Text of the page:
Slim and tall, Joe towered over everyone, so it was easy for him to catch my eye. He arched one heavy, dark eyebrow and tilted his head, silently asking if everything was all right. A lot of men come up to talk after shows. It’s not that I’m so attractive. I can appear striking with the right make up, but day-to-day I’m only a little prettier than average, mainly because of my hair, which is long and dark and wavy.

As any performer will tell you, though, the instant you step on stage you become ten times more appealing, if not a hundred.

Most people who talk to you after a show are nice, but now and then you get someone who raises red flags, so the three of us watch out for one another.

“Excuse me,” I said to Marco, who had his back to Joe. I waved to Joe that everything was fine.

Marco glanced toward the door. “I don’t want to keep you from anything.”

I put on my fuchsia scarf and gloves. In my day-to-day life I’m a lawyer, and my wardrobe is mostly black, gray, and white. I use bright-colored accessories for variety, and because I’m less likely to overlook or forget them. Daley Center courtrooms swallowed up dozens of black umbrellas before I figured that out.

“Why don’t you come with us?” I said.

I hoped he’d say yes. I hadn’t met anyone I really liked in a long time.

Outside, we stepped between parked cars, inching out to check traffic. Wind and sleet hit my face as I watched for cabs and bikes riding too close to the parking lane. You wouldn’t think people would cycle in the dark and the sleet—I wouldn’t do it—but they do. Sometimes wearing dark clothes with no bike lights.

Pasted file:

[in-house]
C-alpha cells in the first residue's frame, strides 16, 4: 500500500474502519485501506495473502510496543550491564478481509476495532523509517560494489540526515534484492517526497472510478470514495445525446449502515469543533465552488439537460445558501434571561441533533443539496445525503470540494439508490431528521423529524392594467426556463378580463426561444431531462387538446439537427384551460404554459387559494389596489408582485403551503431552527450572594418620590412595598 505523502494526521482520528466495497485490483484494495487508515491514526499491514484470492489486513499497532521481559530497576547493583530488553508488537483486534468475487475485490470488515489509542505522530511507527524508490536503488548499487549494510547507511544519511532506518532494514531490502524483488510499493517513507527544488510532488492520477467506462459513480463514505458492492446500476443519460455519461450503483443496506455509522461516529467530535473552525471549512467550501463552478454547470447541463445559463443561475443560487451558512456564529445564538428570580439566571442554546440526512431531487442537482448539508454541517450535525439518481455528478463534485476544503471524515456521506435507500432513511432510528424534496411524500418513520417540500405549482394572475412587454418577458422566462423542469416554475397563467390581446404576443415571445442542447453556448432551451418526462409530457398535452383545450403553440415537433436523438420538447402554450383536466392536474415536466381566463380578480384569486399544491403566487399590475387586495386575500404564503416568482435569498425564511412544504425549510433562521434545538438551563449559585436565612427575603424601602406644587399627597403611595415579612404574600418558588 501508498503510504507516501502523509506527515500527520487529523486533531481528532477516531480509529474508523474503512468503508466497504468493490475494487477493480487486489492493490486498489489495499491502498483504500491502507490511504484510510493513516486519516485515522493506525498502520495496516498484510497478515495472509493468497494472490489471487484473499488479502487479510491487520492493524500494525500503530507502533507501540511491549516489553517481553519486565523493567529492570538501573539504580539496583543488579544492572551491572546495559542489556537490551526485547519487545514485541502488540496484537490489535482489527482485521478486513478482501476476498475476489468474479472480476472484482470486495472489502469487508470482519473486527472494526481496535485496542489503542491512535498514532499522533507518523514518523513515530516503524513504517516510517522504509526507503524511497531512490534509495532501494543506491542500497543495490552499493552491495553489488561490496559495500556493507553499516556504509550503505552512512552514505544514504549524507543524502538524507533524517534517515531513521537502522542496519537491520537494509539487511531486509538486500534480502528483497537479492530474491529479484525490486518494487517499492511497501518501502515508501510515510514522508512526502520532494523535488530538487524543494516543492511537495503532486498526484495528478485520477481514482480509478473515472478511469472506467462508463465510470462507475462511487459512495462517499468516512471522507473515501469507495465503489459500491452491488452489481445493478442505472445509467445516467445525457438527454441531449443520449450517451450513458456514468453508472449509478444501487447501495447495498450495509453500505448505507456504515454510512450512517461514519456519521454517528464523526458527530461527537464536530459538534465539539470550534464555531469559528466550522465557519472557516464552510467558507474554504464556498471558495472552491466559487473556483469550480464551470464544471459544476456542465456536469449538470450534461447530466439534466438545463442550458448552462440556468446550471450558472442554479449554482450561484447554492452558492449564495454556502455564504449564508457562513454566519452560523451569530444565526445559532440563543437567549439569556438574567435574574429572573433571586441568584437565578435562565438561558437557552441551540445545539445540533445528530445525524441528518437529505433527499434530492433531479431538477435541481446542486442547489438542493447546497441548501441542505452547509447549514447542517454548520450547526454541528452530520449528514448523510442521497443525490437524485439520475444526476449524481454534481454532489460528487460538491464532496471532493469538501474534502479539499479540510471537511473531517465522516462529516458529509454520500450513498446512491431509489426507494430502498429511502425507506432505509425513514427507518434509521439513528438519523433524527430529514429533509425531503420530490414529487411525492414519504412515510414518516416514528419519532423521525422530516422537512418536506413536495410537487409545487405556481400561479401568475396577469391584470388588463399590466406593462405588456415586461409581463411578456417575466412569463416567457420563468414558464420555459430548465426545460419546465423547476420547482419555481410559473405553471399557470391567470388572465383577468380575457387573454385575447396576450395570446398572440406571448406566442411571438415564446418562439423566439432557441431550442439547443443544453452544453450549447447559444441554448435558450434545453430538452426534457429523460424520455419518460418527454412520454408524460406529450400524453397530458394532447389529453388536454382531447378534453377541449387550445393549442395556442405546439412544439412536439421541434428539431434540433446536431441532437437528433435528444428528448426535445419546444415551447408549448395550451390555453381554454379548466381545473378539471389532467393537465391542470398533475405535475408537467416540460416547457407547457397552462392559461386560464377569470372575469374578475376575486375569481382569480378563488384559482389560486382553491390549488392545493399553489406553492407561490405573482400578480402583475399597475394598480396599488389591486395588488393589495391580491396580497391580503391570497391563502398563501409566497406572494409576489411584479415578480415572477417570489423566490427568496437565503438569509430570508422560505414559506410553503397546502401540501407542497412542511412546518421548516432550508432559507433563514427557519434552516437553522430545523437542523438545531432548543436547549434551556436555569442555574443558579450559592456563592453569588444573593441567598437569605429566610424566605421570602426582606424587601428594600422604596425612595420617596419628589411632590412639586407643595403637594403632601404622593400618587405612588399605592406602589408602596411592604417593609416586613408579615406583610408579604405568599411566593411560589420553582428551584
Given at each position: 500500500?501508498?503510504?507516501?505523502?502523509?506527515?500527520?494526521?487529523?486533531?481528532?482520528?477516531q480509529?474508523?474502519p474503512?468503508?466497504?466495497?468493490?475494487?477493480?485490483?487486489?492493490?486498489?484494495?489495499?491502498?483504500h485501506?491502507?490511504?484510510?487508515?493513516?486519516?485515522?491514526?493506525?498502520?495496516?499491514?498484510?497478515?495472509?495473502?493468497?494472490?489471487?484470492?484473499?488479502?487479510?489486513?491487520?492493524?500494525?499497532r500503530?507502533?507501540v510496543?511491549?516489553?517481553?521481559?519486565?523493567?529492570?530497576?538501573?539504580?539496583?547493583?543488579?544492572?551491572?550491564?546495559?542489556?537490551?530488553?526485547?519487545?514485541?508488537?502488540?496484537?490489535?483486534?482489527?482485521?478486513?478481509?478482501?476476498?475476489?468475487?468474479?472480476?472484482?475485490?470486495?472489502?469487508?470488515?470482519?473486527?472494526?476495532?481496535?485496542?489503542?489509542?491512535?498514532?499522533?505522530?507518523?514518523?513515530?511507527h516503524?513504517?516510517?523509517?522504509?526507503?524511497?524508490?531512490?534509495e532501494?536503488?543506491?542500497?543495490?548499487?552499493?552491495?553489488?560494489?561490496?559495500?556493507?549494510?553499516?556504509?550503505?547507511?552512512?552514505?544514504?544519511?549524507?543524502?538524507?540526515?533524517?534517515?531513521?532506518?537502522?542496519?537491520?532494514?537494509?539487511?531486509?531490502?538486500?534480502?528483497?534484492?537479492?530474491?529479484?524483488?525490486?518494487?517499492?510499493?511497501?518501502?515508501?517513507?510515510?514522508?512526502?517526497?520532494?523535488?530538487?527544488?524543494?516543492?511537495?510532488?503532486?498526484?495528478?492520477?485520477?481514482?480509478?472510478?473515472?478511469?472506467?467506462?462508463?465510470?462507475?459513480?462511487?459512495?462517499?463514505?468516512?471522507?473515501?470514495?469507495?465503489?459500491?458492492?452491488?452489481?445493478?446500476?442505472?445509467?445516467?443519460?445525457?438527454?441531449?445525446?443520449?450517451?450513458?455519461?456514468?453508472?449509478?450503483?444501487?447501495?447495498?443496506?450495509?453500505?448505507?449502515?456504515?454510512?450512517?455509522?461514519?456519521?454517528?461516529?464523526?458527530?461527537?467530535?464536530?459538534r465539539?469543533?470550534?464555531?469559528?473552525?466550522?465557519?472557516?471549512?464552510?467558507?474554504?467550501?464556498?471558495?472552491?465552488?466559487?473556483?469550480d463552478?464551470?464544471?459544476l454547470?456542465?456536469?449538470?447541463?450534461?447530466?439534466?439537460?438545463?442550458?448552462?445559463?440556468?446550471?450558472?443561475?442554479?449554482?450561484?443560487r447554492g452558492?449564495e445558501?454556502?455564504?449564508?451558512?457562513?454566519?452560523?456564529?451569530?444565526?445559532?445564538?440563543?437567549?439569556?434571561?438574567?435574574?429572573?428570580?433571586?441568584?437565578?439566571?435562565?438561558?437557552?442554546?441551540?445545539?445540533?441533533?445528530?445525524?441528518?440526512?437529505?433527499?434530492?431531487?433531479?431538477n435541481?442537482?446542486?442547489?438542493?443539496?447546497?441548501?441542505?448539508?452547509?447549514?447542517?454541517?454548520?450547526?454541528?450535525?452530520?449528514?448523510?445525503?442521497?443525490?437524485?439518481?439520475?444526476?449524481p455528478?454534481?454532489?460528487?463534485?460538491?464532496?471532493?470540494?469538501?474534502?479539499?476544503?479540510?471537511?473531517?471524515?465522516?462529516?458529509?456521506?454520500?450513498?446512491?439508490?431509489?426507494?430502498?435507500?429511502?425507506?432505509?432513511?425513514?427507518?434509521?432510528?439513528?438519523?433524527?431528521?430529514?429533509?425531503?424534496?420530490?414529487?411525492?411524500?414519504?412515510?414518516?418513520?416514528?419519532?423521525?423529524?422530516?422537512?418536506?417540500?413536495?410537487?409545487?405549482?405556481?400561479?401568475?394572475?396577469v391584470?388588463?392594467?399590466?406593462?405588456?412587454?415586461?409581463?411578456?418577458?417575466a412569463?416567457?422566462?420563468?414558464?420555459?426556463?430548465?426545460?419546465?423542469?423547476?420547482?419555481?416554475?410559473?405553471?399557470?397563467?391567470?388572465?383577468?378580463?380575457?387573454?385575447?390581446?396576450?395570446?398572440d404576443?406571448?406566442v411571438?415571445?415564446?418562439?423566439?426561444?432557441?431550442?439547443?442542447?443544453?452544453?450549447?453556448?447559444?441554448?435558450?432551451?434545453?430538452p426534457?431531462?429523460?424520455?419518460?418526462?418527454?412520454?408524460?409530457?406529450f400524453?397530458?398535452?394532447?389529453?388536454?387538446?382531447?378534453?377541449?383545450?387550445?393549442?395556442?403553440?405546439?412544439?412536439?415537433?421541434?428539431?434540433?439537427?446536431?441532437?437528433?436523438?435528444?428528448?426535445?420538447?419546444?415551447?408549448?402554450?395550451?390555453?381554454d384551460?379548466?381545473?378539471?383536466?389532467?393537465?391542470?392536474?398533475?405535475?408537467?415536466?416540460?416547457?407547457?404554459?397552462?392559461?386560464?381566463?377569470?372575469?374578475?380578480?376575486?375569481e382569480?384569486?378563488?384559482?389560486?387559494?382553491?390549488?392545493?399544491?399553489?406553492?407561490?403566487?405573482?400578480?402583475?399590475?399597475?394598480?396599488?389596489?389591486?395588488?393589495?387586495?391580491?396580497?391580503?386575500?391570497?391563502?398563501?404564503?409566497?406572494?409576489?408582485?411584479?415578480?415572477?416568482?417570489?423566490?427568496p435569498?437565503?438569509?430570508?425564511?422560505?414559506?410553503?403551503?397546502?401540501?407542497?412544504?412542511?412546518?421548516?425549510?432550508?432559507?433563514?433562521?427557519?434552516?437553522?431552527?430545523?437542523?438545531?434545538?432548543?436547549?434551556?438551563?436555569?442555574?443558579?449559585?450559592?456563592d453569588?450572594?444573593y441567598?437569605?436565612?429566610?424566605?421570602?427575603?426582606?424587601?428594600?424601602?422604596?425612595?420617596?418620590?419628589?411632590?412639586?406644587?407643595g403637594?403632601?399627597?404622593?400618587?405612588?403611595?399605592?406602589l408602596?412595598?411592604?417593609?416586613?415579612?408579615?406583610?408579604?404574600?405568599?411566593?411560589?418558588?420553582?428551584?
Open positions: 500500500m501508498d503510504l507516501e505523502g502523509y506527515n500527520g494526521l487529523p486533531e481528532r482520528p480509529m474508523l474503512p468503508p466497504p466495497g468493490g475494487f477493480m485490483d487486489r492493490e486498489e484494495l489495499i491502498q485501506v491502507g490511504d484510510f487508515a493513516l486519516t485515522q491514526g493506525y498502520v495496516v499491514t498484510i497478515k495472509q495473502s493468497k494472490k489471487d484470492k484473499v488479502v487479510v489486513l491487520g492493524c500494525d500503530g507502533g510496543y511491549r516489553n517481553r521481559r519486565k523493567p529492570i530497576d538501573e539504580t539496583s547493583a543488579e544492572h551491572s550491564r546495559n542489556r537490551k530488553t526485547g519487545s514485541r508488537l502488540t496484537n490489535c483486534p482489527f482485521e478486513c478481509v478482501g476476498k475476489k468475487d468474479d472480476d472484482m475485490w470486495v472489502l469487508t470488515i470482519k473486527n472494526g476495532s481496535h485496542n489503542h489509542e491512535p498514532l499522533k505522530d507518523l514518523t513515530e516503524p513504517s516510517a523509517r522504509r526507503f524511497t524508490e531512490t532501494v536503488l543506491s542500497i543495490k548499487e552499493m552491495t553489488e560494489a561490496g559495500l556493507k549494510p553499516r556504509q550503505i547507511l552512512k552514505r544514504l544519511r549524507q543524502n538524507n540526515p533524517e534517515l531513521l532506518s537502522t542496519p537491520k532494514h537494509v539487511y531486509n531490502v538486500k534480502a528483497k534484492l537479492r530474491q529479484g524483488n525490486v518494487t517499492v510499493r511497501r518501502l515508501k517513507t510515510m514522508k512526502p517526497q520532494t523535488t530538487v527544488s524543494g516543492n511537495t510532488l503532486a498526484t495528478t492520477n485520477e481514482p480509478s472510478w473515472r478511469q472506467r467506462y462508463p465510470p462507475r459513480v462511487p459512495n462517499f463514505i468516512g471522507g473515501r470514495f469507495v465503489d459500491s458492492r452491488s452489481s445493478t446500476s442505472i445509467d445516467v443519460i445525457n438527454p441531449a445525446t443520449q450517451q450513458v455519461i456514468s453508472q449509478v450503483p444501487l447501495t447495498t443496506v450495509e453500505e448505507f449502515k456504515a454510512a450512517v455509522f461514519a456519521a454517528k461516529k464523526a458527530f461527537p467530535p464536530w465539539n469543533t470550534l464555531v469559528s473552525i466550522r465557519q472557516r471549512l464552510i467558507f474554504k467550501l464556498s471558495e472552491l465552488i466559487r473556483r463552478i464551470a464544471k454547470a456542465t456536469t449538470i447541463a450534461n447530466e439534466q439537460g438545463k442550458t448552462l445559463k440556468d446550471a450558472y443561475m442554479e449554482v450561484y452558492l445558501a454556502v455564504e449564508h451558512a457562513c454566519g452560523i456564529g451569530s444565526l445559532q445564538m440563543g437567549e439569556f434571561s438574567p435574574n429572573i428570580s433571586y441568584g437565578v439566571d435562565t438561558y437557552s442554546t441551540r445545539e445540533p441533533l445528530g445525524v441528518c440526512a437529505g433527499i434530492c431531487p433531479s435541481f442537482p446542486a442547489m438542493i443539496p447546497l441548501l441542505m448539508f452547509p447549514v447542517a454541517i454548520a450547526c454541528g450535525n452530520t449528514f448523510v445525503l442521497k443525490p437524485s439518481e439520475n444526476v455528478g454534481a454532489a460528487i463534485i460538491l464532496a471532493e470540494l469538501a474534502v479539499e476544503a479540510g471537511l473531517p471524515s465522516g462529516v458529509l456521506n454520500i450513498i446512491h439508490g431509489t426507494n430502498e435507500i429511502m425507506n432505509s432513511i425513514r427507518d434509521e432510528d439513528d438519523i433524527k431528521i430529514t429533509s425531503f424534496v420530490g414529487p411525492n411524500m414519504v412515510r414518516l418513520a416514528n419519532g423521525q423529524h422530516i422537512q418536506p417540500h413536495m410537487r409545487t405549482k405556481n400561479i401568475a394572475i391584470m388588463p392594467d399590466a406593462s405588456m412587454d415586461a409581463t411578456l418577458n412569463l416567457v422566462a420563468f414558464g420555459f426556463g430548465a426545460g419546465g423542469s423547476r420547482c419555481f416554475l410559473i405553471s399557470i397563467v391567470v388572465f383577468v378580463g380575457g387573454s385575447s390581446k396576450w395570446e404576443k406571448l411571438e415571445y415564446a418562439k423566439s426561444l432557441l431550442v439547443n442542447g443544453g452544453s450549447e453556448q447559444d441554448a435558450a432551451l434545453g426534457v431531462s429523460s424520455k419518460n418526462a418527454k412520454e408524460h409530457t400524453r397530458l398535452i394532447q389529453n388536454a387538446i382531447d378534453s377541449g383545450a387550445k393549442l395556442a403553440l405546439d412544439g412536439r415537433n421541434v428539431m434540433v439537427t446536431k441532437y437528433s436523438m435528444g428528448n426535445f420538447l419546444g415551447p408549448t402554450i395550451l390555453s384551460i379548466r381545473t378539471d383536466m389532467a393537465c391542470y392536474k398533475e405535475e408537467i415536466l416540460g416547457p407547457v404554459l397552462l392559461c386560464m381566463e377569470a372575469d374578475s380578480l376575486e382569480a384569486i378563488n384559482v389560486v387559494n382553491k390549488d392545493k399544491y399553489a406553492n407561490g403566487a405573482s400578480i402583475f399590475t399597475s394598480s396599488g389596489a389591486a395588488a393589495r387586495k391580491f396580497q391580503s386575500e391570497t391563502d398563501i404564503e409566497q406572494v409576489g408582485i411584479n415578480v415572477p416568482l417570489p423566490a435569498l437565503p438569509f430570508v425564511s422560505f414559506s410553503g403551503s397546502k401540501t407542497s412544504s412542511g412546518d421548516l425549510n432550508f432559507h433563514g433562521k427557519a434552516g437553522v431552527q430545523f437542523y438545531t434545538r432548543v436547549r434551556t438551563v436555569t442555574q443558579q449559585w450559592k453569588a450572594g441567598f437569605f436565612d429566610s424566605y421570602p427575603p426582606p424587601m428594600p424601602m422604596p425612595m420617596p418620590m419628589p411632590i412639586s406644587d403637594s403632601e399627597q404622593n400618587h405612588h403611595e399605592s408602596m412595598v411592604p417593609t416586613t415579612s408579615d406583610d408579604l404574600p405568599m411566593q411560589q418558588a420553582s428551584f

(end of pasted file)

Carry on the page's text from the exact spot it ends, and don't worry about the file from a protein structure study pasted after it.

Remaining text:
Café Barcelona, the tapas restaurant next to the Old Town School, is laid out like an L with a bar on the short side. There are always nice people there, and the mixed drinks don’t cost an arm and a leg. Marco and I chose seats at the end of a long table near Joe and his girlfriend.

Marco returned from the bar with a whiskey sour made with rye for me and a bottle of San Pellegrino for him.

“So what kind of doctor are you?” I said.

“Ah, I’m not a doctor anymore. Too much stress.”

I sipped my whisky sour—made just as I liked it with egg white foam on the top and fresh-squeezed lemon juice—as I turned that over in my mind. A non-alcoholic drink on a Friday might not mean much. If he were driving, he might avoid alcohol. But that plus a defection from medicine suggested issues.

“What kind were you?”

“Surgeon,” he said.

“And now?”

He ran his hand through his hair. It looked just past where he ought to have gotten it cut. He had flyaway ends along his part. I liked that. It offset his pressed T-shirt and kept him from looking too clean cut or rigid.

“Insurance adjuster,” he said.

“Do you like it?”

He grinned. “Thanks for not yawning. It’s fun. And sometimes frustrating. I investigate medical fraud.”

I ate a few black olives from the shared bowl. “Like stalking people who might be faking injuries?”

“I focus on medical care providers,” Marco said. “Mostly clinics.”

Joe had ordered a plate of oven-baked goat cheese, tomato sauce, and toast points with garlic for the table. Marco reached for it with his left hand. No ring. Something I ought to have looked for at the outset, but I’m only now getting used to checking.

In my twenties, almost no one I met was married. Now it’s kind of a toss up, especially when I date guys older than me.

The conversation segued into politics. Marco joined in without mentioning his own views and yielded the floor when someone else jumped in.